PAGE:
A self-limited inflammatory dermatosis of unknown etiology. Subclassified into acute (pityriasis lichenoides et varioliformis acuta, PLEVA) and chronic (pityriasis lichenoides chronica, PLC) forms:
Pityriasis lichenoides et varioliformis acuta (PLEVA):
- Generalized eruption of lesions of varying ages which progress as follows: papule, central vesiculation, pustulation, erotion with ulceration, crusting and eventual healing with scar formation
- Predilection for flexural surfaces
- Systemic symptoms may occur.
- More common in children and young adults
- Parakeratotic scale, often containing neutrophils
- Interface change with necrosis of basal keratinocytes
- Marked upper and deep dermal perivascular lyphocytic inflammation (predominantly CD4+ T-cells)
- Frequently marked exocytosis of lymphocytes into the epidermis
- Fully developed lesions may show dermal and epidermal hemorrhage along with endothelial cell swelling and rarely vasculitis.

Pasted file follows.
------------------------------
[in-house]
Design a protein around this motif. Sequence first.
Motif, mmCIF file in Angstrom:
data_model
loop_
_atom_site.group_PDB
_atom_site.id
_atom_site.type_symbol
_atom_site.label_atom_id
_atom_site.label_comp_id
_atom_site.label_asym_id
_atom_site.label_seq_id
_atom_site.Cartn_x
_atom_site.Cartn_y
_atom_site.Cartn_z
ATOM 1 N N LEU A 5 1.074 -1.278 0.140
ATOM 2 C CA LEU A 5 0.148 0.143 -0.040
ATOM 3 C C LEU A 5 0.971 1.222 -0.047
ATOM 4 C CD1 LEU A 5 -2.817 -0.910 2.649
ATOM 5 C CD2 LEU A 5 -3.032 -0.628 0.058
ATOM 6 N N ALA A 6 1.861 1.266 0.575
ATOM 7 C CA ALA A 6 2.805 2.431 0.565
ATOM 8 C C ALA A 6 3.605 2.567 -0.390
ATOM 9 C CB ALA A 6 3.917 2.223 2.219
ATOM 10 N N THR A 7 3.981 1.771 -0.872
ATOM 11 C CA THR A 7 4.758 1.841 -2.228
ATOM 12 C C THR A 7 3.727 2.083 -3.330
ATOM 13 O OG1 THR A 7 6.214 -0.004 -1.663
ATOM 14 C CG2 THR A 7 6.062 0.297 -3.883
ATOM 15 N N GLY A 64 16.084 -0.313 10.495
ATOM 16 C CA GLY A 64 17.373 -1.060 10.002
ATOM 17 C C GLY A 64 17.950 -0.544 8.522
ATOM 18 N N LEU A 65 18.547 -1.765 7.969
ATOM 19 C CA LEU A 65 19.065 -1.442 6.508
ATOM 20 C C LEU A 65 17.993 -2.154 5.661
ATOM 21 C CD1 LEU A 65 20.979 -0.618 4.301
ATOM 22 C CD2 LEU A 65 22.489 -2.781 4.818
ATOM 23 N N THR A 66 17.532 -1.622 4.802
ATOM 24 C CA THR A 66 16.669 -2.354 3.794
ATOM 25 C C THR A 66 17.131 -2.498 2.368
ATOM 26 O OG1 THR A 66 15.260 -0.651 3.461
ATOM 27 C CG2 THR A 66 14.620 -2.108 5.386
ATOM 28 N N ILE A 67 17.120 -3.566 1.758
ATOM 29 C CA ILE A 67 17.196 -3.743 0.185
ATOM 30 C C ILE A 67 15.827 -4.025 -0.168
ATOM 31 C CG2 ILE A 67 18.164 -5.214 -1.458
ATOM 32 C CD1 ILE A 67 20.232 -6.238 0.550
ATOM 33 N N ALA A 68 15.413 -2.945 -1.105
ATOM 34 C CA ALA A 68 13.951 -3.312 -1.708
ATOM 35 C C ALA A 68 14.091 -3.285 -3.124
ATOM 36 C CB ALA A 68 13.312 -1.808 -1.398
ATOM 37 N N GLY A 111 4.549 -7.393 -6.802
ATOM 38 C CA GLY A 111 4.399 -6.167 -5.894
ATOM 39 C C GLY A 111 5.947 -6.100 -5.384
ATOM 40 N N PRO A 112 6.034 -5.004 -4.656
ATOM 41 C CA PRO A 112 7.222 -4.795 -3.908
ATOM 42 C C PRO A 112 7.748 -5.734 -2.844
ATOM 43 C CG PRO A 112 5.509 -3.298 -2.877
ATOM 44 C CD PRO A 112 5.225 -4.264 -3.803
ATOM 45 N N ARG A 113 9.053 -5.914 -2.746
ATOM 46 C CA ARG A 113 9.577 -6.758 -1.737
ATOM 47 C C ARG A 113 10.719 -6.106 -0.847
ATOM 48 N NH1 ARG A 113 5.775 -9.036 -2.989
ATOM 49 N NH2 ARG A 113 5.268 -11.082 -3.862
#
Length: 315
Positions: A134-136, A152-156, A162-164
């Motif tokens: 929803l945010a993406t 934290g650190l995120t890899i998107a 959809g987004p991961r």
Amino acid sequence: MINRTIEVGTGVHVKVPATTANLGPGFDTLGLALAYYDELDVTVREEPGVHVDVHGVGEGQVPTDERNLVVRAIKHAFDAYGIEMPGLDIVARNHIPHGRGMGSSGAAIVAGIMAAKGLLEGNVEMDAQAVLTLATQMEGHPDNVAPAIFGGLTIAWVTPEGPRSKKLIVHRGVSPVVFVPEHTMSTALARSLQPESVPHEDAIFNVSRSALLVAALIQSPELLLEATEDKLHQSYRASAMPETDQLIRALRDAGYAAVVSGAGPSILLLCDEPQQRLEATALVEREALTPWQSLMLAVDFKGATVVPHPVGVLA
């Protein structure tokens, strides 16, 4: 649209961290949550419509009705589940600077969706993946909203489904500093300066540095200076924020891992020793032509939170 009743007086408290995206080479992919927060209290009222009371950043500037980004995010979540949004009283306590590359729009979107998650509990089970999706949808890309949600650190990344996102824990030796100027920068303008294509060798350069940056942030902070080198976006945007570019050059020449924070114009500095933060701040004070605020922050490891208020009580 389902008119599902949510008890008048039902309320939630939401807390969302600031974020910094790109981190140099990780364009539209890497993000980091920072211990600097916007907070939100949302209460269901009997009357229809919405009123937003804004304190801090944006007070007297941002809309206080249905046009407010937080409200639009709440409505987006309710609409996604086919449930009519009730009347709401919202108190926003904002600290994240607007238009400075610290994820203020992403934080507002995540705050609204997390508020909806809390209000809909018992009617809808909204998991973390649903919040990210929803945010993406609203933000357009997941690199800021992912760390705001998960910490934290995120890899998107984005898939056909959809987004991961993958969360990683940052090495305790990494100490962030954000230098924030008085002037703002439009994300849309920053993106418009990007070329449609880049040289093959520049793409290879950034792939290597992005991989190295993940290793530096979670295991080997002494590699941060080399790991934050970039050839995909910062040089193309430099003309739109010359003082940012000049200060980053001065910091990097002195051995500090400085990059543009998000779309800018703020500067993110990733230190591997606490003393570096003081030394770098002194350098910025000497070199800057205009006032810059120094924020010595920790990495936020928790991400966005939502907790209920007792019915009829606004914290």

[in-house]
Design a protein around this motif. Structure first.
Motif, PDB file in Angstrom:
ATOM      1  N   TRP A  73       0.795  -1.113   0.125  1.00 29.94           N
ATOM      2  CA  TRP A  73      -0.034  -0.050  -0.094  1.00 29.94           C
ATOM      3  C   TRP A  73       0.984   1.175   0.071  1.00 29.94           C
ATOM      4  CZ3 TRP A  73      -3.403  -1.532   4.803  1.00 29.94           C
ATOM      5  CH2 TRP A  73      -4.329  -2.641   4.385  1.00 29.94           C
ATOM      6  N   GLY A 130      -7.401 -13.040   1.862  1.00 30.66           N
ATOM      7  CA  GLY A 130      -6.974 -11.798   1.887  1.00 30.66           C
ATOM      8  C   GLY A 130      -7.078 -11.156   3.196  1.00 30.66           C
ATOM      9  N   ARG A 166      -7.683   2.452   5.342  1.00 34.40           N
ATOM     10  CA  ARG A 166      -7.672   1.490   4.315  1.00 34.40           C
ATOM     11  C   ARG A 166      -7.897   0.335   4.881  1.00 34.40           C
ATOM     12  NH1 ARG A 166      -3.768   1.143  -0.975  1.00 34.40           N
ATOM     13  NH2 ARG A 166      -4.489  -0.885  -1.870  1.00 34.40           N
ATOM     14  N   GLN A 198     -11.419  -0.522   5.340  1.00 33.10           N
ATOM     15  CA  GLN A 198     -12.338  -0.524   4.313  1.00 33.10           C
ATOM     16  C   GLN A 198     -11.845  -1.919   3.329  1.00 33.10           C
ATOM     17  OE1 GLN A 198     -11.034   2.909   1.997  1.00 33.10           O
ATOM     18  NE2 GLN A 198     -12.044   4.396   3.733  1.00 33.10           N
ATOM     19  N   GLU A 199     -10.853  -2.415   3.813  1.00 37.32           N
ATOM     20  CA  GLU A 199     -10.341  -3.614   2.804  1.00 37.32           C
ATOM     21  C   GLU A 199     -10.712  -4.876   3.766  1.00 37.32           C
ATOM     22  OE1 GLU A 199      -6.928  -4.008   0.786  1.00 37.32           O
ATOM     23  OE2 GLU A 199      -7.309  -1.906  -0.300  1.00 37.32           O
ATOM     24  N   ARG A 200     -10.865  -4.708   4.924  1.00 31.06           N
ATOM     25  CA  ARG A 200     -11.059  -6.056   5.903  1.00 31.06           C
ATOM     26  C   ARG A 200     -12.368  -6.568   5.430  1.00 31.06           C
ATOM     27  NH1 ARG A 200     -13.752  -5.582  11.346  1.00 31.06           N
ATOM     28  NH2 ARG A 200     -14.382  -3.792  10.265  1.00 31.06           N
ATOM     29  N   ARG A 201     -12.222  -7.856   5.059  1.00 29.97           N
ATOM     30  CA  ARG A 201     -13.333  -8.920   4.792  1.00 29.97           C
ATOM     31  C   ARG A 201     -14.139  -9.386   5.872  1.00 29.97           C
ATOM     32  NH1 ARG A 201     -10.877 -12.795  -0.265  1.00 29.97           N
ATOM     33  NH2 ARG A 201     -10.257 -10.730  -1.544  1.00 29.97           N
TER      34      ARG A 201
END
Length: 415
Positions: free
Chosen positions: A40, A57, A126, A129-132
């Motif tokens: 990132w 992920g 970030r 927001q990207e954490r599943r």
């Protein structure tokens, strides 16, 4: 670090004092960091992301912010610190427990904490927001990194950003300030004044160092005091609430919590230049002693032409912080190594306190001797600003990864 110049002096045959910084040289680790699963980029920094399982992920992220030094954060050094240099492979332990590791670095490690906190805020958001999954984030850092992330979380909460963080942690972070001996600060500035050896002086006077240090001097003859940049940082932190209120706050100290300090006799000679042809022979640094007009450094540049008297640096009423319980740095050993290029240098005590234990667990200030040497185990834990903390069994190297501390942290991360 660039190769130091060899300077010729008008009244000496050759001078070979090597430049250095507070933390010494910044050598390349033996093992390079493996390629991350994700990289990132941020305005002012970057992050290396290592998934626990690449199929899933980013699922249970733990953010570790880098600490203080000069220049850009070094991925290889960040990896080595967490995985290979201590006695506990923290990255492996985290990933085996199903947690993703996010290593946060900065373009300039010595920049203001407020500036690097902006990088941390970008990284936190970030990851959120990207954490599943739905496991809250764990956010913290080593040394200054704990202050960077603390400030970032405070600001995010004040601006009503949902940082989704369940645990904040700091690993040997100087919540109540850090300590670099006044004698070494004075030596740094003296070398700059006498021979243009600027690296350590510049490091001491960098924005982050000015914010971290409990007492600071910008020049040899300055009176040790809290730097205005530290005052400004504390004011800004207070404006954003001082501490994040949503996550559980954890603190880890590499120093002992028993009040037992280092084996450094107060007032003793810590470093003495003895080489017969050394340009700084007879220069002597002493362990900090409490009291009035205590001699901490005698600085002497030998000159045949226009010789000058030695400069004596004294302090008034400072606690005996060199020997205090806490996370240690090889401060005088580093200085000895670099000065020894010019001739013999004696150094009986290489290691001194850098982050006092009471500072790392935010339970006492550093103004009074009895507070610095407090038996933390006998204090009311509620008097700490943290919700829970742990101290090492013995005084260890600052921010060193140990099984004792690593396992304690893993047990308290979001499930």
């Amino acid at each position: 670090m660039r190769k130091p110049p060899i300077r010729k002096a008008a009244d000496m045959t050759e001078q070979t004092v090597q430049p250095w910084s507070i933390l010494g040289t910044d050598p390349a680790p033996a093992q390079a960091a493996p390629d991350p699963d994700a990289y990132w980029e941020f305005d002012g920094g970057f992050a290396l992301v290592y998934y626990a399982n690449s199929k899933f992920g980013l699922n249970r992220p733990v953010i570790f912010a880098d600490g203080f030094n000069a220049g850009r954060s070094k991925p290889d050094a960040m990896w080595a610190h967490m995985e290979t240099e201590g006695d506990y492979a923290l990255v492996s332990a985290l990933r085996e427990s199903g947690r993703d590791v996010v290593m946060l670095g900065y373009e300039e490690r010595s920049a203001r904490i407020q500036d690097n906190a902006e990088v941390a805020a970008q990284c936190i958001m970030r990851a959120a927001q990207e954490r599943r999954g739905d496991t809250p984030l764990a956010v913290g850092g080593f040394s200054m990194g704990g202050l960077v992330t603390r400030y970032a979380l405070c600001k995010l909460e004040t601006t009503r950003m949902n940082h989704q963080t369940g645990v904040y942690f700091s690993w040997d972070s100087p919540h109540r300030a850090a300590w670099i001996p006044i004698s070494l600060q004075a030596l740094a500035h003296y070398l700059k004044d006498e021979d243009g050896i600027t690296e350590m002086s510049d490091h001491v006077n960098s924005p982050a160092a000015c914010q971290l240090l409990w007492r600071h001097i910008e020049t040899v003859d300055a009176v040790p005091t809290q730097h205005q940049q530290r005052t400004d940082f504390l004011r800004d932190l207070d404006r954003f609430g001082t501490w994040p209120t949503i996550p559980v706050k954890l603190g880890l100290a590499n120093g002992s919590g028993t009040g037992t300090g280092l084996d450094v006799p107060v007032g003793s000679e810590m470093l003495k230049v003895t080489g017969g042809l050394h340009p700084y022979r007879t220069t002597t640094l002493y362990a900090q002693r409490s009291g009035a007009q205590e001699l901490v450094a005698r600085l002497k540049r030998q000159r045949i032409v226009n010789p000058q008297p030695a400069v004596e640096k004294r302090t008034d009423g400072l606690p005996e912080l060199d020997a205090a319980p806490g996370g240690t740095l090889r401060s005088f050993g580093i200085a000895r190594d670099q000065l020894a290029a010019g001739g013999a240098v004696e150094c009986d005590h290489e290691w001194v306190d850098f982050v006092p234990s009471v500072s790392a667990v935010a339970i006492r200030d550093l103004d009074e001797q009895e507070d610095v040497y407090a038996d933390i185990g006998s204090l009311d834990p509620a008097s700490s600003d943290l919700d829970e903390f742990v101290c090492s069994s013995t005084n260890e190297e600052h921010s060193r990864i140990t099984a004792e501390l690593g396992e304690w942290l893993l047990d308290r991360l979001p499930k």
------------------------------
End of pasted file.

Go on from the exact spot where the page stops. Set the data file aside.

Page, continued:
- Older lesions show confuent necrosis of keratinocytes and eventual vesicle formation, ulceration and granulation tissue, terminating with dermal scar formation.
Pityriasis lichenoides chronica (PLC):
- Generalized, chronic, small erythematous papules that evolve to form a pinpoint dusky center
- Lesions persist for several weeks, then heal without scarring.
- May evolve from PLEVA or arise de novo.
- Parakeratotic scale, rare necrotic keratinocytes, mild basal vacuolization (changes less pronounced than in PLEVA)
- Upper dermal perivascular lymphocytic infiltrate with exocytosis of lymphocytes into the epidermis
- Upper dermal and epidermal hemorrhage